I’d like to begin by highlighting an excellent comment that was recently posted by Richard – the comment was concerning an older post entitled “Short sellers are the muggers of the financial industry.”
“cheers Mal – hey your comments on short sellers is really myopic.
short sellers are at time speculators just like long buyers; people with stock options can be short sellers, people with long positions are short sellers in different accounts and comparable industries like the rails, arbitragers are short sellers TSX vs NY etc. Brokerage companies have to have the stock in their portfolios and then have to lend them – why do mutual funds allow their stock to be loaned?
Short sellers keep poor CEO’s honest or at least allow the shareholders to rally and try to can them; too bad that didn’t happen at Nortel which never had any good executives.”
First of all, my position on ‘short selling’ is a moral one. Abraham Lincoln mulled the issue of slavery prior to and during his presidency – he gave due consideration to the pros and cons and rationalizations by westerners and southerners who profited from the business of slavery. In one of his letters, he finally took the position that “If slavery is not wrong, then nothing is wrong.” I feel the same way about selling property you do not own. Probably the most significant economic, legal and moral developments in the history of civilization evolved from the right to own property. Just because short sales occur and are insitituionalized, does not make them right.
A common argument is that the practice of selling short creates more efficiency. As Richard suggested: Short sellers keep poor CEO’s honest or at least allow the shareholders to rally and try to can them; too bad that didn’t happen at Nortel which never had any good executives.” I survived at least two episodes where Nortel (to stay with the example) was butchered by markets. Rampages by short sellers destroy shareholder value – the ‘short and then cover’ trading pattern is a self-fulfilling exercize having nothing to do with the underlying property…..the property is just a poor pawn in the game. If I could sell your home (naked) short, and then cover – no consideration at all would be given to the fact that when it’s market value plummeted and the bank called it’s mortgage – you and your family would have been robbed of the fair value of your house in the first place, and forced to live on the street in the second place. Who would ‘lend’ their home to a third party to do this?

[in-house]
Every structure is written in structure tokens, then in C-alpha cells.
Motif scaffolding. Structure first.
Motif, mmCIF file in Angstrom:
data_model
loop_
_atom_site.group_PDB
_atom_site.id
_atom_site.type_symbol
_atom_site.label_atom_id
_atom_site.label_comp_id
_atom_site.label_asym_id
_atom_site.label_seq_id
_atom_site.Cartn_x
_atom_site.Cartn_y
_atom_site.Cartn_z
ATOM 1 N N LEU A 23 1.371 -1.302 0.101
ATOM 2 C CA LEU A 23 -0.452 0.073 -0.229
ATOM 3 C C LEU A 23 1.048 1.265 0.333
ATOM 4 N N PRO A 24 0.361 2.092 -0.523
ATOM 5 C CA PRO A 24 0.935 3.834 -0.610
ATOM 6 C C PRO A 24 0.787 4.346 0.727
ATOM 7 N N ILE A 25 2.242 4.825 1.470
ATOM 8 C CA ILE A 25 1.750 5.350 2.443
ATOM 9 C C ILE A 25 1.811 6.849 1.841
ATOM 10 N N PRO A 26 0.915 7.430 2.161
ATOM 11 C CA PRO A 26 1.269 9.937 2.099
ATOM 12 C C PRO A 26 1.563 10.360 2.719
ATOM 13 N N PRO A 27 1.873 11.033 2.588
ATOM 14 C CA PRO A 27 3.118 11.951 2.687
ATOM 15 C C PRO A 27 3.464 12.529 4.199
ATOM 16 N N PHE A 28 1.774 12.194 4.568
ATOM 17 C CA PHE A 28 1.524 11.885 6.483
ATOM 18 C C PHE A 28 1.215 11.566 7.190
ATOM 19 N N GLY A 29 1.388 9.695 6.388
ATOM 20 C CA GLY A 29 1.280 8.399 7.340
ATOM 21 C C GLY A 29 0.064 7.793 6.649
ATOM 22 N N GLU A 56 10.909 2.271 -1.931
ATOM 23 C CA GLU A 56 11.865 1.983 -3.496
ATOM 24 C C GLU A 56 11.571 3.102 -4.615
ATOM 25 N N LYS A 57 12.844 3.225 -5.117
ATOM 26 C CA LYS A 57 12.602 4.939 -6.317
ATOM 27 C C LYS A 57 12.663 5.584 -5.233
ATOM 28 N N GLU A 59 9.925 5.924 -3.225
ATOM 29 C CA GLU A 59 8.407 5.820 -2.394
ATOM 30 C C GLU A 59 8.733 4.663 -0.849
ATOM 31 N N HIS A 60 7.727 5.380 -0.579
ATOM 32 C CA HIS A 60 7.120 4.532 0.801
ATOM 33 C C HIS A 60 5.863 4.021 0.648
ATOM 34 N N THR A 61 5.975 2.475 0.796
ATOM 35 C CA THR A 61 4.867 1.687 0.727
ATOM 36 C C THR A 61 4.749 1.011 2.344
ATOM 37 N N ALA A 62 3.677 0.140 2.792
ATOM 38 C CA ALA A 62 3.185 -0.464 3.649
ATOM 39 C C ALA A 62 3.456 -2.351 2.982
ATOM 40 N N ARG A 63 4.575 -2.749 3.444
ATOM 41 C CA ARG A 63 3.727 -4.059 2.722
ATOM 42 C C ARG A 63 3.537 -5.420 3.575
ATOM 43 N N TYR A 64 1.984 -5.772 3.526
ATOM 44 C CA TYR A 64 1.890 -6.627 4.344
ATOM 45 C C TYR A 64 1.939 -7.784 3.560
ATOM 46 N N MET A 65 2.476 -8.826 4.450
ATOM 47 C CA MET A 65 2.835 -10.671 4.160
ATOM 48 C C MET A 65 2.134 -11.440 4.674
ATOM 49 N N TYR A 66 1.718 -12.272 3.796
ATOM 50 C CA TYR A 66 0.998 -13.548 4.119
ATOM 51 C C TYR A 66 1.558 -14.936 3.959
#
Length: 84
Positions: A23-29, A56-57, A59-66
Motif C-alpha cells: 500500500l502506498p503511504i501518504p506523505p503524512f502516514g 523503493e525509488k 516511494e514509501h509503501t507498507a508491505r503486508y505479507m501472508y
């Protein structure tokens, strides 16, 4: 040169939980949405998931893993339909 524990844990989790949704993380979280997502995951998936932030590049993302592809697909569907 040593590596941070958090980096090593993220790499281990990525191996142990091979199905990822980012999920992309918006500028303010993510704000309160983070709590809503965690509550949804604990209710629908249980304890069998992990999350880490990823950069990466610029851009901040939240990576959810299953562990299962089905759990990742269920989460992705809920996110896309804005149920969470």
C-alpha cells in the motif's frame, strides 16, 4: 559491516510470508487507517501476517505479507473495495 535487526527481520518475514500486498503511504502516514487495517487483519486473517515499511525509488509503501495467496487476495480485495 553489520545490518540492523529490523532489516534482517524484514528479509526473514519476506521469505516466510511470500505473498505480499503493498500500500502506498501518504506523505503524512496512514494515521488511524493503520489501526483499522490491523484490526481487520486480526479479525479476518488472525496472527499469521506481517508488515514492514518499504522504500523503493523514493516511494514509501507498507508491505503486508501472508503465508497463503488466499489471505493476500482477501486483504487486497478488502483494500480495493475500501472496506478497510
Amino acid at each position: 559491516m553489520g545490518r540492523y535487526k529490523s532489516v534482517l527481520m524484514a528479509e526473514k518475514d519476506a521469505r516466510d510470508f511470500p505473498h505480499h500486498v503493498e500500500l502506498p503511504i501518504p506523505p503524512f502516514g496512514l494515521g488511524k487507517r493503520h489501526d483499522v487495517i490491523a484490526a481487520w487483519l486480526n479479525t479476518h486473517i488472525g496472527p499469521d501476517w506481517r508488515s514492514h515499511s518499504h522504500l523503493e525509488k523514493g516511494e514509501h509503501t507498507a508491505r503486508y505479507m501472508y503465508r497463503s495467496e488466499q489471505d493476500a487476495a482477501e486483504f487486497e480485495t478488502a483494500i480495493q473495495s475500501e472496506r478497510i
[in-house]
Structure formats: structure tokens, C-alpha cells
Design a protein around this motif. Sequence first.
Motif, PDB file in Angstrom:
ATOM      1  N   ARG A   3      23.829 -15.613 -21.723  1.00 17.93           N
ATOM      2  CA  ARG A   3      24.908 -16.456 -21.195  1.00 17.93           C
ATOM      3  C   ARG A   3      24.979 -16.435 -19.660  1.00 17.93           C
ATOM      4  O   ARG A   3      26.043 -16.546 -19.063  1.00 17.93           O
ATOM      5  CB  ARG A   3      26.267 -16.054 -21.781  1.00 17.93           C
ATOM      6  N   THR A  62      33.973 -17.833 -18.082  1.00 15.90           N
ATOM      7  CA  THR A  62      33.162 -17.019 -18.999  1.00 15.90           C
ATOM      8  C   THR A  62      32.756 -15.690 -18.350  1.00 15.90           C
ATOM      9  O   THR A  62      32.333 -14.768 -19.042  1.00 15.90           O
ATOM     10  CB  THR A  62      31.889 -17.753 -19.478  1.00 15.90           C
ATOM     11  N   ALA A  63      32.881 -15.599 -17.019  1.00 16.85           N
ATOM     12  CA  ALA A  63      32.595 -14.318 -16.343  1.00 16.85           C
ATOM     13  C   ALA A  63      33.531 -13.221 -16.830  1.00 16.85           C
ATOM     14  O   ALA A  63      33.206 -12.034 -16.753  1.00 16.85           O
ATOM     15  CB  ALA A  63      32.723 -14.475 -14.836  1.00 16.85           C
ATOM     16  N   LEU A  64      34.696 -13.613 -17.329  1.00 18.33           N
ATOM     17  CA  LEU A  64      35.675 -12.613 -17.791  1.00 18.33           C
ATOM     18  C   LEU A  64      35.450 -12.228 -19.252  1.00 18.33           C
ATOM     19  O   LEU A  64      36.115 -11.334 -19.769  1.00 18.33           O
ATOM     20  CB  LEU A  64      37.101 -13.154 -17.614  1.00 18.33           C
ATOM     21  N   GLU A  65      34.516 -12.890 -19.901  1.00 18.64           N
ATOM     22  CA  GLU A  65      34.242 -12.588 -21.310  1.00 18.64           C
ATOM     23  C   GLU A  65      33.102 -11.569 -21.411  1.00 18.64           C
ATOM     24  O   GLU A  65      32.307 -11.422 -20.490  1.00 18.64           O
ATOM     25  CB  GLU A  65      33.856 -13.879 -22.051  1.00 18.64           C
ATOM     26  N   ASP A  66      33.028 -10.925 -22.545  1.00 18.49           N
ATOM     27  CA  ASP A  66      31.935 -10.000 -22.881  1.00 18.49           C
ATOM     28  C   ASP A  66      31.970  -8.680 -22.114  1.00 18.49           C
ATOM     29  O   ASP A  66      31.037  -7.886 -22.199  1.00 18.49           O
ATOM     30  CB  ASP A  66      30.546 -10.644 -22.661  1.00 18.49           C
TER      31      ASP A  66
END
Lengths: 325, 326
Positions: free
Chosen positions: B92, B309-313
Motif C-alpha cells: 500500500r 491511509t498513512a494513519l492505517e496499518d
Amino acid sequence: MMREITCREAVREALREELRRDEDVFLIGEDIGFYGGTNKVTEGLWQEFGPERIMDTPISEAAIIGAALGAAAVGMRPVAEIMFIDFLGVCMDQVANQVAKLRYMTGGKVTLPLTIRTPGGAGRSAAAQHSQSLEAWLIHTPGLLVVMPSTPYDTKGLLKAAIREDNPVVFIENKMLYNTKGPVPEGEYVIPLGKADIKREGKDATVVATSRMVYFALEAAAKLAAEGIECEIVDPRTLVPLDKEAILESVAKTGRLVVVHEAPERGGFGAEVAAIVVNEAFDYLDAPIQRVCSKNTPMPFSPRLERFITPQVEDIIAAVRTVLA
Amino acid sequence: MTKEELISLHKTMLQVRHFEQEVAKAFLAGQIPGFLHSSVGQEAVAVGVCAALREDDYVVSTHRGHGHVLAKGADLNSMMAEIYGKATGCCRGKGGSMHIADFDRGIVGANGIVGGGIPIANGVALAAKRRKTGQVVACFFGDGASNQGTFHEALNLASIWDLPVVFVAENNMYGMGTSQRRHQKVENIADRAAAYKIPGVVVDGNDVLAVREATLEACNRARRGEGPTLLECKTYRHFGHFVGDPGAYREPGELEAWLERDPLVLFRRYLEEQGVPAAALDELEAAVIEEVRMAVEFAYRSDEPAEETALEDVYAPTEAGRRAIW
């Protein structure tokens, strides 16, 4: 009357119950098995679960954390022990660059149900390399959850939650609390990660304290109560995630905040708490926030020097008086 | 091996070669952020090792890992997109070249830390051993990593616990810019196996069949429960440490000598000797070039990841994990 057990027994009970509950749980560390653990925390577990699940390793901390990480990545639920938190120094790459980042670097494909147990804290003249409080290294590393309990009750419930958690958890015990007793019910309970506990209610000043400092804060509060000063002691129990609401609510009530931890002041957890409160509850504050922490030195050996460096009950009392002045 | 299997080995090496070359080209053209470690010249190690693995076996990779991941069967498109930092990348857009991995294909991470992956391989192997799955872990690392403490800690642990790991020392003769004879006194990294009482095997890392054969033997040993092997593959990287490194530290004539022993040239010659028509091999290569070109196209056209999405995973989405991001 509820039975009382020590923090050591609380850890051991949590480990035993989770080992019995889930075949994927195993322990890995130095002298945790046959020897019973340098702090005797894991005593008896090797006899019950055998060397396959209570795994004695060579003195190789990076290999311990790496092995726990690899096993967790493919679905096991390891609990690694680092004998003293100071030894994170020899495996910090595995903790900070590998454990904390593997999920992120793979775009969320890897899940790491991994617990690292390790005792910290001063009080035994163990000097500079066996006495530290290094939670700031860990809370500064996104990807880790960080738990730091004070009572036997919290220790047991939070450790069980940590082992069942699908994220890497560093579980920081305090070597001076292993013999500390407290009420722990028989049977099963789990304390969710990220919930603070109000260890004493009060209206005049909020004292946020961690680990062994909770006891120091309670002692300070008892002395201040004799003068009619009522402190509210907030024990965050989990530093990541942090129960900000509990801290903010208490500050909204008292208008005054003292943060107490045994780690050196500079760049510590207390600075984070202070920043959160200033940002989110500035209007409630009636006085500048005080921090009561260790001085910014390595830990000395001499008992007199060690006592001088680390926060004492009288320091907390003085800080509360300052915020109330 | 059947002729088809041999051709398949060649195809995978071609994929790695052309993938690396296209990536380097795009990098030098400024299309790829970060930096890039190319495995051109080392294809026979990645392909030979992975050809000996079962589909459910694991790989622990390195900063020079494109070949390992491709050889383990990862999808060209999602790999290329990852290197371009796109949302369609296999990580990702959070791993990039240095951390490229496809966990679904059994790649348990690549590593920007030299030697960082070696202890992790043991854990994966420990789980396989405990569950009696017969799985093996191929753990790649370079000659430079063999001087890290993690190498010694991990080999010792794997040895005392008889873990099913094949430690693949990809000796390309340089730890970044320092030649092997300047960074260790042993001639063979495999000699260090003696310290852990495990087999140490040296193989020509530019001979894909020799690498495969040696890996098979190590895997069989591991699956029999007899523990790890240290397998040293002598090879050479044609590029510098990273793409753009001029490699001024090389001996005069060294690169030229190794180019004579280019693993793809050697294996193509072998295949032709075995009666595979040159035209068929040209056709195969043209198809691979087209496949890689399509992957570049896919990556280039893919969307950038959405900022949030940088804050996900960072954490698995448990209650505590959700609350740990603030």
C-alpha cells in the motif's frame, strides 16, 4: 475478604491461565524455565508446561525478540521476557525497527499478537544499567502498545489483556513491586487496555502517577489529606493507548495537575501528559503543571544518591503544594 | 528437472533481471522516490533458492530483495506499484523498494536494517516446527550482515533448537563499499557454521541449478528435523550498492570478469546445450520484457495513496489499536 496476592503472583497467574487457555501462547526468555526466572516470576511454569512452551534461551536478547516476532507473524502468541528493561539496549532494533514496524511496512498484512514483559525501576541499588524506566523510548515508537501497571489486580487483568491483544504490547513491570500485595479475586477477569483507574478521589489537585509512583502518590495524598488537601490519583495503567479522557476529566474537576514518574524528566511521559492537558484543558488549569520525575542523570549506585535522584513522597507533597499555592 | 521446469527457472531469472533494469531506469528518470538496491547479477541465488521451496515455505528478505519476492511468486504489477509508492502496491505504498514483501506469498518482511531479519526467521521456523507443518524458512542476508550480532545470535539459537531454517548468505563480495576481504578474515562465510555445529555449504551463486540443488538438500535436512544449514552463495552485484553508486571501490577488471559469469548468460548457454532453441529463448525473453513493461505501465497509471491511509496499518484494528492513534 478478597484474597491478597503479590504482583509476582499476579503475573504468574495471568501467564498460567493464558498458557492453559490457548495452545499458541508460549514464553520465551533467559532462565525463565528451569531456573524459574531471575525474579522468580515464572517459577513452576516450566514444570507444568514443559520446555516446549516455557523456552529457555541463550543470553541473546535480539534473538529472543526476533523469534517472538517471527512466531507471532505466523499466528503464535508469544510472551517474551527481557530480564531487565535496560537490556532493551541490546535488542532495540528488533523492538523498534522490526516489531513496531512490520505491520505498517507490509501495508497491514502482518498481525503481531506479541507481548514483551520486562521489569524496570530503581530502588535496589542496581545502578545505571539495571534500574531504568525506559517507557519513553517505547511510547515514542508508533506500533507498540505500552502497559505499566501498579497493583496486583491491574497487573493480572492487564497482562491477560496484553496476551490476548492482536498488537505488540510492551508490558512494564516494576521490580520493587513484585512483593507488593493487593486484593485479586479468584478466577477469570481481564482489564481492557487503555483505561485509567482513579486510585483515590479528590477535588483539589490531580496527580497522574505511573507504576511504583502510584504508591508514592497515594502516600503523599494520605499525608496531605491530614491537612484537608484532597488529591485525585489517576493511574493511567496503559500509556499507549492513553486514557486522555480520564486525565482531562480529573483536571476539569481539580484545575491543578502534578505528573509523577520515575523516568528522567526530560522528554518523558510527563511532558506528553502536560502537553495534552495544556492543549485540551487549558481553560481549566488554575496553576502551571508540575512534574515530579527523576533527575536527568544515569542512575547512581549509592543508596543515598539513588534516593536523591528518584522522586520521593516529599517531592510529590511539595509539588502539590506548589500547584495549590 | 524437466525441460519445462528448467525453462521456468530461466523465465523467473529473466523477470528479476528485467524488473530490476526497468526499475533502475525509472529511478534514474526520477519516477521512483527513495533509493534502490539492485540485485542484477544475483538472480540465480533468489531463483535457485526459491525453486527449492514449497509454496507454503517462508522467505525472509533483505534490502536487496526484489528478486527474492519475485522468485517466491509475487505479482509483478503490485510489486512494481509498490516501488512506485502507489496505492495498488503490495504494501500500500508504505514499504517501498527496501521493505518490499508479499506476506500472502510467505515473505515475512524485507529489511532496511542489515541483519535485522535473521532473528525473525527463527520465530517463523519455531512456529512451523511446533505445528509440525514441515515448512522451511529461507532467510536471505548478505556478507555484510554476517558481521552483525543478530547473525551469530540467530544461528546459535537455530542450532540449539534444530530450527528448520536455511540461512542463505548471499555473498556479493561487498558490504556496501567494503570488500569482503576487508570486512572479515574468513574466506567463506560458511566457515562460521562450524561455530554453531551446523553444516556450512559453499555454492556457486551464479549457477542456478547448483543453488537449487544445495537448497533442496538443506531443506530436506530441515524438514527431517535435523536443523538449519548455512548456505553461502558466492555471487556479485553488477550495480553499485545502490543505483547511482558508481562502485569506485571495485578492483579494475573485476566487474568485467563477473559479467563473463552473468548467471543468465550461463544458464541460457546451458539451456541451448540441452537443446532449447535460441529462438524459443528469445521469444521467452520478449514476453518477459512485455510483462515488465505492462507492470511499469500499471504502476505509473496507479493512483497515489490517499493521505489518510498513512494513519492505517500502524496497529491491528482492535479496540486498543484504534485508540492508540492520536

Consider the damage done to Research in Motion in a matter of weeks. During this period, all investors pretty much knew the Playbook launch was coming and would have some bugs (RIM has never pretended to be Apple), and also that apps would be slow in coming. The functionality of the device, unlike an iPad, is embodied in the device itself rather than add on applications – it’s not a plaything but a business tool with a slightly bigger screen for BB users. Newer models of the BB smart phones were also coming, but we’ve known since the Tsunami that their launch would likely be delayed. No meaningful “new” information has come available, so why the ugly stock chart? It’s so easy (thanks to today’s virtually immediate dissemination of news, rumour and trading information) to create a panic by agressively selling short, which cause others to sell (short or not) in a panic – then cover at a profit (buy for less than you sold it for) regardless of anything to do with underlying company.
I’m no genius, but as an analyst with at least some experience I can assure you there’s no reason innocent shareholders (i.e. those who “own” the property) should suffer a 25% hit in the value of their property so strangers who don’t even own the property can sell and profit from a fabricated but tolerated loophole. Again, what the property is “worth” has nothing to do with the volatility artificially created – the volatility is driven by unadulterated greed. Greed isn’t necessarily immoral, but the source of gain (like slavery was a 150 years ago) in this case is indeed.
I would argue (convincingly) that short sales have CAUSED poor management practices over the past decades, and NEVER would cure them. The senior executives of companies like Nortel and a plethora of other public companies are measured and paid according to the performance of the stocks, not the performance of the companies; and their only incentive is to provide information (even if false) that will support a higher price and ward off short sales. Management will adopt any means possible (Enron) to stay on the ‘buy list.’
If my opinion about short sellers (muggers of the financial industry) is myopic, then so was Lincoln’s abhorrence of the institution of slavery myopic.